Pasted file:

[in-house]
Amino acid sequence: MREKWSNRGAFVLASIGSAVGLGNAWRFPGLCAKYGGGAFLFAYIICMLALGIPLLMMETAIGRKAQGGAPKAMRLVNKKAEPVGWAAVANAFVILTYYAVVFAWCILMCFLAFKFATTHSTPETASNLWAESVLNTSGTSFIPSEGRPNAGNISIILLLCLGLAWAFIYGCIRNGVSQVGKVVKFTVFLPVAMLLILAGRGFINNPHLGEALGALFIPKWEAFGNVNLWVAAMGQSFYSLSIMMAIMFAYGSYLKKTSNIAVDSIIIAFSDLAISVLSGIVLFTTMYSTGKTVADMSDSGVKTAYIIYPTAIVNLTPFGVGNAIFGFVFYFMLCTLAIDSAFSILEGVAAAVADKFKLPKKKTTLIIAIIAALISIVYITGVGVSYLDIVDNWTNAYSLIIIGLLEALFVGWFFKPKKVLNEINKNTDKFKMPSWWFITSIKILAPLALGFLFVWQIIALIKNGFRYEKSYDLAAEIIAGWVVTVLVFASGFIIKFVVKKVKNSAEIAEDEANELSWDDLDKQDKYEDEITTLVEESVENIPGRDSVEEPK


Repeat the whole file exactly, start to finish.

[in-house]
Amino acid sequence: MREKWSNRGAFVLASIGSAVGLGNAWRFPGLCAKYGGGAFLFAYIICMLALGIPLLMMETAIGRKAQGGAPKAMRLVNKKAEPVGWAAVANAFVILTYYAVVFAWCILMCFLAFKFATTHSTPETASNLWAESVLNTSGTSFIPSEGRPNAGNISIILLLCLGLAWAFIYGCIRNGVSQVGKVVKFTVFLPVAMLLILAGRGFINNPHLGEALGALFIPKWEAFGNVNLWVAAMGQSFYSLSIMMAIMFAYGSYLKKTSNIAVDSIIIAFSDLAISVLSGIVLFTTMYSTGKTVADMSDSGVKTAYIIYPTAIVNLTPFGVGNAIFGFVFYFMLCTLAIDSAFSILEGVAAAVADKFKLPKKKTTLIIAIIAALISIVYITGVGVSYLDIVDNWTNAYSLIIIGLLEALFVGWFFKPKKVLNEINKNTDKFKMPSWWFITSIKILAPLALGFLFVWQIIALIKNGFRYEKSYDLAAEIIAGWVVTVLVFASGFIIKFVVKKVKNSAEIAEDEANELSWDDLDKQDKYEDEITTLVEESVENIPGRDSVEEPK